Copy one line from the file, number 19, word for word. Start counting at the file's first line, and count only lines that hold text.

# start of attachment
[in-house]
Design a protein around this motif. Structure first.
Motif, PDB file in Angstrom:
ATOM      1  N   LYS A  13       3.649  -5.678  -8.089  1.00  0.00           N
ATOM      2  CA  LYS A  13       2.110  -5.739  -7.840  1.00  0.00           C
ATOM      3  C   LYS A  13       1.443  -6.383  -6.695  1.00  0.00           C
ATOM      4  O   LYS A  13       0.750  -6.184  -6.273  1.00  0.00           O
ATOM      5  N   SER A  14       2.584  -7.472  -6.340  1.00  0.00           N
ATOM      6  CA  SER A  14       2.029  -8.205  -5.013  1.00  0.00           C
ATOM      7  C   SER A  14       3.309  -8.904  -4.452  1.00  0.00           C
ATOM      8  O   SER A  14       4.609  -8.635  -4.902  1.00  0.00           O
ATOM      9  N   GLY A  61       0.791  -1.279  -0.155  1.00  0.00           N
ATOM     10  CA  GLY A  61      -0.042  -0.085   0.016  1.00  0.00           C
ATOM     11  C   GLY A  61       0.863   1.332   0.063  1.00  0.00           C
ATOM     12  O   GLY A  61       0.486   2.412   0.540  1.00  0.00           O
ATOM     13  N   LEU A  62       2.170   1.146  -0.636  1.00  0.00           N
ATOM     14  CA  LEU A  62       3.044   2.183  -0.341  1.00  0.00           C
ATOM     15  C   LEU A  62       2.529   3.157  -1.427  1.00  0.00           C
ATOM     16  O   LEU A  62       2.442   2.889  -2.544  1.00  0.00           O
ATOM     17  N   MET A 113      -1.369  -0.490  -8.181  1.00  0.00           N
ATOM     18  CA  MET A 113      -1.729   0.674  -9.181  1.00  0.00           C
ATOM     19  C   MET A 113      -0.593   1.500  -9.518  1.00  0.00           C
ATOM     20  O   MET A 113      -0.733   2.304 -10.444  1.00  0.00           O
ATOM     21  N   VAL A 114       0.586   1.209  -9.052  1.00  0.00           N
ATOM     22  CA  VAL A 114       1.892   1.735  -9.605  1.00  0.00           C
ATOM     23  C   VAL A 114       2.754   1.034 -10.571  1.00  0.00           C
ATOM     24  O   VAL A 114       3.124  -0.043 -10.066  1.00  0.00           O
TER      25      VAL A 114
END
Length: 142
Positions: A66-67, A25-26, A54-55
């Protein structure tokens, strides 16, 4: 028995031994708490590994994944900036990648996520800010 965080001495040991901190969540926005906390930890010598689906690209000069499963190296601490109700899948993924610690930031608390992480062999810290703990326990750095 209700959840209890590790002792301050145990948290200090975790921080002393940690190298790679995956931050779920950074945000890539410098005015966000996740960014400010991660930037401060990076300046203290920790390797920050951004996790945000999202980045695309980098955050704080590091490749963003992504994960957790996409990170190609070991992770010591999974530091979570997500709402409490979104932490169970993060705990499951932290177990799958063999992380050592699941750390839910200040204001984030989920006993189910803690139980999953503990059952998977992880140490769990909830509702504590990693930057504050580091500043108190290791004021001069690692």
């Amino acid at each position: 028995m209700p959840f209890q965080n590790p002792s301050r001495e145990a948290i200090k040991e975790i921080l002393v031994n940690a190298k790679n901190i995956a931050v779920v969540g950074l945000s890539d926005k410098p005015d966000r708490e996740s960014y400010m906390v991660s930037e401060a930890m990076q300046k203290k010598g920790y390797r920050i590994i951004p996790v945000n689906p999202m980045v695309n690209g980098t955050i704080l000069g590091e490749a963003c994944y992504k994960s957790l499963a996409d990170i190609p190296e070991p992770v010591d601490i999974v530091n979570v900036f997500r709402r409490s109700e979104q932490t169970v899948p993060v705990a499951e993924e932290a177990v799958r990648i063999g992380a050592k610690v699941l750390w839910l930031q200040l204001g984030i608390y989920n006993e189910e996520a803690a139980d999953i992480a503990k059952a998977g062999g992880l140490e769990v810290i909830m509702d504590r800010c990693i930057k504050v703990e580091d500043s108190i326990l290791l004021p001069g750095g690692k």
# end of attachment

ATOM     16  O   LEU A  62       2.442   2.889  -2.544  1.00  0.00           O